I read Salt Sugar Fat: How the Food Giants Hooked Us recently, and it changed how I look at business and ethics. I didn’t know how badly I needed to read this book until I picked it up a couple weeks ago. I was so interested in the history of the foods we eat, and the foods I grew up with, that it took some serious willpower to put it down.
I am all about free markets and businesses making money selling things that people want. These are things that have made our country great. It keeps us inventive and driven. It helps give us motivation to grow and develop, to do things better, to be the best we can be.
But this book describes a concern about the ethics and the practices of some of the largest and most successful businesses in history. There is a drive in the food business to sell us products so they can make money for stockholders and owners. This is what the free market and capitalism is all about, right? Sell more cereal and cookies and pre-packed lunches and yogurt; give people what they want and you make everyone happy.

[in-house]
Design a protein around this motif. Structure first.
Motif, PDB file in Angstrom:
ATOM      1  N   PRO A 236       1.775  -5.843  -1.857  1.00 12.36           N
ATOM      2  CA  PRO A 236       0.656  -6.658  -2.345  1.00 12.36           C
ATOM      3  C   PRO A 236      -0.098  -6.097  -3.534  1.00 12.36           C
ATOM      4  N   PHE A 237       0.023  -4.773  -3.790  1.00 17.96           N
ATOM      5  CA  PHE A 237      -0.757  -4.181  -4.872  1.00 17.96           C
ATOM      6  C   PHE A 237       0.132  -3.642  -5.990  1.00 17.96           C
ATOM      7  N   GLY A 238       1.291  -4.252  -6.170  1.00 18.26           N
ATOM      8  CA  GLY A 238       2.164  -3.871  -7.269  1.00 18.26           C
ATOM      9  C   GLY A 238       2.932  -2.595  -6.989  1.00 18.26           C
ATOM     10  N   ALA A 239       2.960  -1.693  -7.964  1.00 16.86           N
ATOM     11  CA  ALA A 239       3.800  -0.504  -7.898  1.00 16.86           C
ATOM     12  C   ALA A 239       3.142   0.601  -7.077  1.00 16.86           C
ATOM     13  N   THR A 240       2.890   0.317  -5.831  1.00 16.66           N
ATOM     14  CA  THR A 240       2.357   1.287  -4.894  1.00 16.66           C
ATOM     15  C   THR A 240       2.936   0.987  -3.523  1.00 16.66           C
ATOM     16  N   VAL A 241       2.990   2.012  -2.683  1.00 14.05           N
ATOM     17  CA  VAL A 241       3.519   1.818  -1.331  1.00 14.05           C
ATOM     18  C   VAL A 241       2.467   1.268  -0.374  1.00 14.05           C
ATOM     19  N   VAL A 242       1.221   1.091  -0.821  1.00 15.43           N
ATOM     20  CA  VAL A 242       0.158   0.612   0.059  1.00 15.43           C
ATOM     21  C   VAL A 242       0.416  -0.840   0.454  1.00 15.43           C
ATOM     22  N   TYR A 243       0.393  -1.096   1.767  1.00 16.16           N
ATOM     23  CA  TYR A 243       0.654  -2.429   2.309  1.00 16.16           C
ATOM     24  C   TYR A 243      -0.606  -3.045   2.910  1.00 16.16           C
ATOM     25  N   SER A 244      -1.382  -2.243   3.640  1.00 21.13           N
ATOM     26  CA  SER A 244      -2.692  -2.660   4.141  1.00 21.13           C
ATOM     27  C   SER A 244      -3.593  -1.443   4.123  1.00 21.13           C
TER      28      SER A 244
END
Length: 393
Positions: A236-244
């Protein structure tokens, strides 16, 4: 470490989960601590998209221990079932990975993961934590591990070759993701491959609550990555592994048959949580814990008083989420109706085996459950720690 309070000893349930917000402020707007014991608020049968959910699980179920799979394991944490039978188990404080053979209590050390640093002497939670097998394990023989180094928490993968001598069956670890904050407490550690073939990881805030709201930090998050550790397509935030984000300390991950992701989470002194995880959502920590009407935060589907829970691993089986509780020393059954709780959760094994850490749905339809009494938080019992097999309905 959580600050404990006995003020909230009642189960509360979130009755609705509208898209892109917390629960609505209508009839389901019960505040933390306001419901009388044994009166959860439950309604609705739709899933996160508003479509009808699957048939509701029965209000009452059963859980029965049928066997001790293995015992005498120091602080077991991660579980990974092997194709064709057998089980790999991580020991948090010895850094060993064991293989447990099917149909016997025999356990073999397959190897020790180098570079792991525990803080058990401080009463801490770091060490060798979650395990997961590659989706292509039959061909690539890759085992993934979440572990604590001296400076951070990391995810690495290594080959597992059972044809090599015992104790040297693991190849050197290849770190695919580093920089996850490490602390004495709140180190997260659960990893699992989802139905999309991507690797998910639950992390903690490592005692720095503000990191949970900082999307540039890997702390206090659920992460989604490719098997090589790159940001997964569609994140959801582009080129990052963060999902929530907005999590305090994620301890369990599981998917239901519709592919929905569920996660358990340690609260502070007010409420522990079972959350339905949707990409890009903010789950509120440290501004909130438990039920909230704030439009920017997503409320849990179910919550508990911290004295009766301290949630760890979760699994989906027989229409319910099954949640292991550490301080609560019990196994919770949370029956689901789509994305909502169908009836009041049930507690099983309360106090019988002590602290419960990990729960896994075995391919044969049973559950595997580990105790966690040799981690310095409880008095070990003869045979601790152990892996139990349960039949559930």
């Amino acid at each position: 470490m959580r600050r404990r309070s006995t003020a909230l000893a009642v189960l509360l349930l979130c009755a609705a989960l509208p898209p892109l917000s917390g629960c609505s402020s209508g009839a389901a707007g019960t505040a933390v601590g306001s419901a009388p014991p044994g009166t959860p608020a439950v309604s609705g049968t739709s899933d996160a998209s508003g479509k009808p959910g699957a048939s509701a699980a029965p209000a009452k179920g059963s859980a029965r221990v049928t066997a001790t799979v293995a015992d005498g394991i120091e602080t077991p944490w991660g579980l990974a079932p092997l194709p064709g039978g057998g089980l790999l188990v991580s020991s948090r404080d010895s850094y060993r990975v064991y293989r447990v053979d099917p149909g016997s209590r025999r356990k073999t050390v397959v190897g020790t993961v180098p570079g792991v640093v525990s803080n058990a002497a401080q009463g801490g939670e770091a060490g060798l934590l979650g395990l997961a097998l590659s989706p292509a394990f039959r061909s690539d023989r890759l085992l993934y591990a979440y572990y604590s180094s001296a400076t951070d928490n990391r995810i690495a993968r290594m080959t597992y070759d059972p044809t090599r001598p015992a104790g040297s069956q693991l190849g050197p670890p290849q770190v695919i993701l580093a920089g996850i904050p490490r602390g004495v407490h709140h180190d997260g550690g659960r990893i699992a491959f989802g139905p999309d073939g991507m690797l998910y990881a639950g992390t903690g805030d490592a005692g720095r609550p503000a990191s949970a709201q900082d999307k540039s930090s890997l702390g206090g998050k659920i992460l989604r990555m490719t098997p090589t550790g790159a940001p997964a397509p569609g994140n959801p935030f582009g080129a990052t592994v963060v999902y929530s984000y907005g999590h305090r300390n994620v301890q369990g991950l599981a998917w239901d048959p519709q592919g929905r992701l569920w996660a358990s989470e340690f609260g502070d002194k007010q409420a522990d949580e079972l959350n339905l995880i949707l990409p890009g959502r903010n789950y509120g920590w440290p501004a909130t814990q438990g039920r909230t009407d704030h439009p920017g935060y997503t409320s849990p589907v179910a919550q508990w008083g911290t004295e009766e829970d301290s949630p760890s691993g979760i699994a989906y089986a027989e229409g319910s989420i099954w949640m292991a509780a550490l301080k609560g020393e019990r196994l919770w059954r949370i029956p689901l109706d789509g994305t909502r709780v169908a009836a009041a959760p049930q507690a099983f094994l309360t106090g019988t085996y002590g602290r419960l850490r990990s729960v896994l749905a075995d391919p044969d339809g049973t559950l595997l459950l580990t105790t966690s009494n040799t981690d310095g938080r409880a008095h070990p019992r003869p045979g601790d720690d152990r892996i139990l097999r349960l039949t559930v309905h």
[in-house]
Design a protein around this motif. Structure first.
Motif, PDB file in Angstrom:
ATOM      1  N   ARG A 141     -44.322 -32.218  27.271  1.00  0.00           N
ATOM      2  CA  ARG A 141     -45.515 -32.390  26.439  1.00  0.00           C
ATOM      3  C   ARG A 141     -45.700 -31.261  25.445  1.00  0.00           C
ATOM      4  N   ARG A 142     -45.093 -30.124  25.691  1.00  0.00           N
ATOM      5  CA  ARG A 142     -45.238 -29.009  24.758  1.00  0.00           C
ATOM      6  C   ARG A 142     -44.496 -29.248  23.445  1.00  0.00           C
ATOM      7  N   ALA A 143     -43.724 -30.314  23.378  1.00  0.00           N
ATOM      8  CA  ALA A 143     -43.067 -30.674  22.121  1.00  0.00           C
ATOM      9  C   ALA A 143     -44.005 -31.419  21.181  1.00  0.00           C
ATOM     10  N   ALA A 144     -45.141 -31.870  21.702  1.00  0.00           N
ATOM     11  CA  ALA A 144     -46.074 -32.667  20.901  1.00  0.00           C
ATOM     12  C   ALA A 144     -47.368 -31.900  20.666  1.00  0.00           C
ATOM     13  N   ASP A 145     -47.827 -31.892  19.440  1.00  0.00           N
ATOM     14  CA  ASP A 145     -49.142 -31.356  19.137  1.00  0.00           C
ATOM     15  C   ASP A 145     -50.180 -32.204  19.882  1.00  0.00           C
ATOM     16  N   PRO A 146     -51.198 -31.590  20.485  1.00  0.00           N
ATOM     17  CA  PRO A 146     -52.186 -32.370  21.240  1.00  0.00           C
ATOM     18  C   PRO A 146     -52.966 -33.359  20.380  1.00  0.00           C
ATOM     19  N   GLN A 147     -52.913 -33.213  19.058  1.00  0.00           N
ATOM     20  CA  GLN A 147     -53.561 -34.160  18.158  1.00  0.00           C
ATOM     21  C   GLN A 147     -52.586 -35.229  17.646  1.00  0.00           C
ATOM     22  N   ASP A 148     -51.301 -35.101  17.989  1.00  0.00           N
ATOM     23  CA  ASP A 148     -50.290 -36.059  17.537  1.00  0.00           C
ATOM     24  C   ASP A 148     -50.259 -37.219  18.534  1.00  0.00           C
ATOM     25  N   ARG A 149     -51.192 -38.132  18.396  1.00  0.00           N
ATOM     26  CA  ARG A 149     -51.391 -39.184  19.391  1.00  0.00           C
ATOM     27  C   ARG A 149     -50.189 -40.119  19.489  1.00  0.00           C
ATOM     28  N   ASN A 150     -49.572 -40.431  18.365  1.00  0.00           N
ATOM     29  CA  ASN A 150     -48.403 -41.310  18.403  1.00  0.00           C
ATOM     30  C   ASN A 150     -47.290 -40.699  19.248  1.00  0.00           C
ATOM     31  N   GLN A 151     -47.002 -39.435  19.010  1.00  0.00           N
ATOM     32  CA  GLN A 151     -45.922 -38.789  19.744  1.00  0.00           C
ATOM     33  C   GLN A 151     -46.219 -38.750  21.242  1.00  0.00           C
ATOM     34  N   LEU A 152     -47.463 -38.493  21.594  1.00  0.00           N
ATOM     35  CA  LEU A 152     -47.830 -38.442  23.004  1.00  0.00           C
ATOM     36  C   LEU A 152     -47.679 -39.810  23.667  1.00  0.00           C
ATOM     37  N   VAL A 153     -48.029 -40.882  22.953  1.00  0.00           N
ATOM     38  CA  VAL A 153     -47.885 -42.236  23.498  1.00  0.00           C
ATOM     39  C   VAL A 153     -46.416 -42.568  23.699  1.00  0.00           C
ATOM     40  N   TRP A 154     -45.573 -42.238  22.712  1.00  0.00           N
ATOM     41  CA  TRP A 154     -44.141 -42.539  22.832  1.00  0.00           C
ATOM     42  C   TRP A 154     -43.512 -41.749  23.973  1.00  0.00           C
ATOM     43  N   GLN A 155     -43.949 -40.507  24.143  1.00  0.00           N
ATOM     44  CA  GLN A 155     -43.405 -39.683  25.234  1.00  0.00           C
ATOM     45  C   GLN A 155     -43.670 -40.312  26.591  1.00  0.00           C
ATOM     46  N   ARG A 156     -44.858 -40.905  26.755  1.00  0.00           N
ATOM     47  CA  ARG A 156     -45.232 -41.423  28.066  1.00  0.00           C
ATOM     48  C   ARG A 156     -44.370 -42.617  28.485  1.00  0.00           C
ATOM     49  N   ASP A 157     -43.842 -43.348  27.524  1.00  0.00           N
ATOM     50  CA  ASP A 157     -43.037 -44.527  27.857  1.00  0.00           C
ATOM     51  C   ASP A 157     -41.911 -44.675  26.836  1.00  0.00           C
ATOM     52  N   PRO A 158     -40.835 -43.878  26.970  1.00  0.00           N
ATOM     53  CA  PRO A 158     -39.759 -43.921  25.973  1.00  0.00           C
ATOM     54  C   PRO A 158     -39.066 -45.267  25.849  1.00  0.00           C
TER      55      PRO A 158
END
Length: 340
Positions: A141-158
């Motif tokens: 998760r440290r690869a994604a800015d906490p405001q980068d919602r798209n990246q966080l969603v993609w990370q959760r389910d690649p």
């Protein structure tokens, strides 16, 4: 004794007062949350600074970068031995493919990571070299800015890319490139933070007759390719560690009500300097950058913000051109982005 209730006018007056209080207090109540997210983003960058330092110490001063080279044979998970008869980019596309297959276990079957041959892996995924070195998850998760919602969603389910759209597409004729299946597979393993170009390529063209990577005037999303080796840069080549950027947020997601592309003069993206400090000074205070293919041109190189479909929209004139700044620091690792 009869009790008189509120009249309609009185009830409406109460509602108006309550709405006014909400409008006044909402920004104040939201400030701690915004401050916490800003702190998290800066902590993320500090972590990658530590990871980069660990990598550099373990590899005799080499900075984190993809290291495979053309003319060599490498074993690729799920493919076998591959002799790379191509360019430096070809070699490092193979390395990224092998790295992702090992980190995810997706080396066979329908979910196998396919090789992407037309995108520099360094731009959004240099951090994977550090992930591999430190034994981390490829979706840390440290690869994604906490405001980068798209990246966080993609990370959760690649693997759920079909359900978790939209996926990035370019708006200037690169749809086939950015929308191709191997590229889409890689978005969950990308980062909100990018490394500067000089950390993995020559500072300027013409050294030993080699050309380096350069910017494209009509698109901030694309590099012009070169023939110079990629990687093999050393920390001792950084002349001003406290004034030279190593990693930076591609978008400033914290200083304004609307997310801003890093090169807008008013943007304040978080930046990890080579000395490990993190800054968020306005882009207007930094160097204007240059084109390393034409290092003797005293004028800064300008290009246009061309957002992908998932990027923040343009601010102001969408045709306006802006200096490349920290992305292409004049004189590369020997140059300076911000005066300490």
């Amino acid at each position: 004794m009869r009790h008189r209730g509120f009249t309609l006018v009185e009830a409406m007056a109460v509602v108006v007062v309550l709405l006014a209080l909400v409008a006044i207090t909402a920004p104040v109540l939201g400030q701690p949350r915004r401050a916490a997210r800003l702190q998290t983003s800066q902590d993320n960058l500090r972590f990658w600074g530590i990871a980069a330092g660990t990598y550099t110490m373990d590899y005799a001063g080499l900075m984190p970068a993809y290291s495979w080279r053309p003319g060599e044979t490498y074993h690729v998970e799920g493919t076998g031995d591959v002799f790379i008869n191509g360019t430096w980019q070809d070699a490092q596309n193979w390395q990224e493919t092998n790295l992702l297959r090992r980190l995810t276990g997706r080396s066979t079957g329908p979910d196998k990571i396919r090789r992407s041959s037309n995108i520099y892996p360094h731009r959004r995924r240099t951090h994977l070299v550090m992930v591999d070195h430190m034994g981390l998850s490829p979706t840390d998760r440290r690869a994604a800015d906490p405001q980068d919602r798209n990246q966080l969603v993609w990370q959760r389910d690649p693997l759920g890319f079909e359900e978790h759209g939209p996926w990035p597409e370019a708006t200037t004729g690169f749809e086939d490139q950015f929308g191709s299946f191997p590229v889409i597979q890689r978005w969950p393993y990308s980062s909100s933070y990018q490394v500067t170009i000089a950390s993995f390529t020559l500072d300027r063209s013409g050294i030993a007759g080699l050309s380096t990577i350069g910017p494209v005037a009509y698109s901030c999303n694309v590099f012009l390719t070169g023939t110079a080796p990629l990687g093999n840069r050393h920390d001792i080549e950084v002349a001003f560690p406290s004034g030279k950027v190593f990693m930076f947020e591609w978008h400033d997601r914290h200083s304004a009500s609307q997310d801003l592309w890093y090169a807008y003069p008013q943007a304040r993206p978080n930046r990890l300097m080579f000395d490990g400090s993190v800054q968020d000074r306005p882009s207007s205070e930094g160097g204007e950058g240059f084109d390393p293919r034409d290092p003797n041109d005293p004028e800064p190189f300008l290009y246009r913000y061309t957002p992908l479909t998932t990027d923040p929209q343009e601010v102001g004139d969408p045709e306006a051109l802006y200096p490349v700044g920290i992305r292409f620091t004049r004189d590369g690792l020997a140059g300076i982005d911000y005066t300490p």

At what cost? Some of these companies have scientifically developed their foods so that they are the most appealing, so the “bliss point” is achieved. What is it we really want from our food? Long shelf life and lots of calories? Are the food companies really doing what they should be doing? Or is it up to consumers to buy what is healthy or not?
Salt Sugar Fat: How the Food Giants Hooked Us is revealing and should be considered mandatory reading for anyone interested in nutrition and health.
Michael Lemme, DDS